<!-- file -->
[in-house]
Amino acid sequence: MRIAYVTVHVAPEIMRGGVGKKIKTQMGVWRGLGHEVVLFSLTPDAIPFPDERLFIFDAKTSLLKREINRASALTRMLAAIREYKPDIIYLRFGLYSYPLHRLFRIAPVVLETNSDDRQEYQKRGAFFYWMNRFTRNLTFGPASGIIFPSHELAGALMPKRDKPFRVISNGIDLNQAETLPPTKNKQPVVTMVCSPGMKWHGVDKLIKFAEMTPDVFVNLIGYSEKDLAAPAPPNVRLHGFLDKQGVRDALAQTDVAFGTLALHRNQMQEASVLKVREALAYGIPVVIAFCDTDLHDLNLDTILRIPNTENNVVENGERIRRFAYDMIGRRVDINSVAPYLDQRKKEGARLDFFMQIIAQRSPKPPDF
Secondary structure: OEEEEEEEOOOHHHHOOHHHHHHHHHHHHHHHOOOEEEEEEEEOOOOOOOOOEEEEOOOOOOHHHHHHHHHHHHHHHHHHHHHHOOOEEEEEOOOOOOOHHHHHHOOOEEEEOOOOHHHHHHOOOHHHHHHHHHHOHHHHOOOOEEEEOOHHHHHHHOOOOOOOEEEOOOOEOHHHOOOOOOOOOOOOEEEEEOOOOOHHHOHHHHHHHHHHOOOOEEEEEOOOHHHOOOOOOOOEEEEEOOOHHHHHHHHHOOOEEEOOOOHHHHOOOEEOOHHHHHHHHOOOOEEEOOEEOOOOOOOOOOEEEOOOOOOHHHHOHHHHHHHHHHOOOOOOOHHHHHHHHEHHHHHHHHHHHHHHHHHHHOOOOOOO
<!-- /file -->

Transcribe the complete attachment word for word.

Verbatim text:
[in-house]
Amino acid sequence: MRIAYVTVHVAPEIMRGGVGKKIKTQMGVWRGLGHEVVLFSLTPDAIPFPDERLFIFDAKTSLLKREINRASALTRMLAAIREYKPDIIYLRFGLYSYPLHRLFRIAPVVLETNSDDRQEYQKRGAFFYWMNRFTRNLTFGPASGIIFPSHELAGALMPKRDKPFRVISNGIDLNQAETLPPTKNKQPVVTMVCSPGMKWHGVDKLIKFAEMTPDVFVNLIGYSEKDLAAPAPPNVRLHGFLDKQGVRDALAQTDVAFGTLALHRNQMQEASVLKVREALAYGIPVVIAFCDTDLHDLNLDTILRIPNTENNVVENGERIRRFAYDMIGRRVDINSVAPYLDQRKKEGARLDFFMQIIAQRSPKPPDF
Secondary structure: OEEEEEEEOOOHHHHOOHHHHHHHHHHHHHHHOOOEEEEEEEEOOOOOOOOOEEEEOOOOOOHHHHHHHHHHHHHHHHHHHHHHOOOEEEEEOOOOOOOHHHHHHOOOEEEEOOOOHHHHHHOOOHHHHHHHHHHOHHHHOOOOEEEEOOHHHHHHHOOOOOOOEEEOOOOEOHHHOOOOOOOOOOOOEEEEEOOOOOHHHOHHHHHHHHHHOOOOEEEEEOOOHHHOOOOOOOOEEEEEOOOHHHHHHHHHOOOEEEOOOOHHHHOOOEEOOHHHHHHHHOOOOEEEOOEEOOOOOOOOOOEEEOOOOOOHHHHOHHHHHHHHHHOOOOOOOHHHHHHHHEHHHHHHHHHHHHHHHHHHHOOOOOOO